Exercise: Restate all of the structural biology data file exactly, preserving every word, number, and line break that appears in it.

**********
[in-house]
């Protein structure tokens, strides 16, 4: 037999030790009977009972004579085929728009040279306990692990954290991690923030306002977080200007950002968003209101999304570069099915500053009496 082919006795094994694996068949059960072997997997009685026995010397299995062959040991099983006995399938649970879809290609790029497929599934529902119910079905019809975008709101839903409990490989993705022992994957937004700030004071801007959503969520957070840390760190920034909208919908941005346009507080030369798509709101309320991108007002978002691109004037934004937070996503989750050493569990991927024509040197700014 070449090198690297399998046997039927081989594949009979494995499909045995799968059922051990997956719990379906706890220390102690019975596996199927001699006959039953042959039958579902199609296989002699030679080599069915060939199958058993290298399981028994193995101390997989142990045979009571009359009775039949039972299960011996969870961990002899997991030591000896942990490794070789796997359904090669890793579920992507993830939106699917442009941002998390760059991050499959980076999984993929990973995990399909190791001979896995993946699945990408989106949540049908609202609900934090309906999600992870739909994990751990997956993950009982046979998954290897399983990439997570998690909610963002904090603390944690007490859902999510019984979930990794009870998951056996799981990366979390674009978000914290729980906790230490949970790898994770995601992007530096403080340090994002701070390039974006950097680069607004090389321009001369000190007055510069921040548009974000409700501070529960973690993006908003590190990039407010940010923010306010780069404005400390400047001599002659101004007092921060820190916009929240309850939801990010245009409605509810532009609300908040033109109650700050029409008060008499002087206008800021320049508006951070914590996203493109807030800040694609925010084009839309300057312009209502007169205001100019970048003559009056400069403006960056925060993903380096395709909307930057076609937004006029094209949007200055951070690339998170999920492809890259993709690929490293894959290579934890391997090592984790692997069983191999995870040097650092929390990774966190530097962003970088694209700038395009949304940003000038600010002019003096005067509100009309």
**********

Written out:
[in-house]
């Protein structure tokens, strides 16, 4: 037999030790009977009972004579085929728009040279306990692990954290991690923030306002977080200007950002968003209101999304570069099915500053009496 082919006795094994694996068949059960072997997997009685026995010397299995062959040991099983006995399938649970879809290609790029497929599934529902119910079905019809975008709101839903409990490989993705022992994957937004700030004071801007959503969520957070840390760190920034909208919908941005346009507080030369798509709101309320991108007002978002691109004037934004937070996503989750050493569990991927024509040197700014 070449090198690297399998046997039927081989594949009979494995499909045995799968059922051990997956719990379906706890220390102690019975596996199927001699006959039953042959039958579902199609296989002699030679080599069915060939199958058993290298399981028994193995101390997989142990045979009571009359009775039949039972299960011996969870961990002899997991030591000896942990490794070789796997359904090669890793579920992507993830939106699917442009941002998390760059991050499959980076999984993929990973995990399909190791001979896995993946699945990408989106949540049908609202609900934090309906999600992870739909994990751990997956993950009982046979998954290897399983990439997570998690909610963002904090603390944690007490859902999510019984979930990794009870998951056996799981990366979390674009978000914290729980906790230490949970790898994770995601992007530096403080340090994002701070390039974006950097680069607004090389321009001369000190007055510069921040548009974000409700501070529960973690993006908003590190990039407010940010923010306010780069404005400390400047001599002659101004007092921060820190916009929240309850939801990010245009409605509810532009609300908040033109109650700050029409008060008499002087206008800021320049508006951070914590996203493109807030800040694609925010084009839309300057312009209502007169205001100019970048003559009056400069403006960056925060993903380096395709909307930057076609937004006029094209949007200055951070690339998170999920492809890259993709690929490293894959290579934890391997090592984790692997069983191999995870040097650092929390990774966190530097962003970088694209700038395009949304940003000038600010002019003096005067509100009309």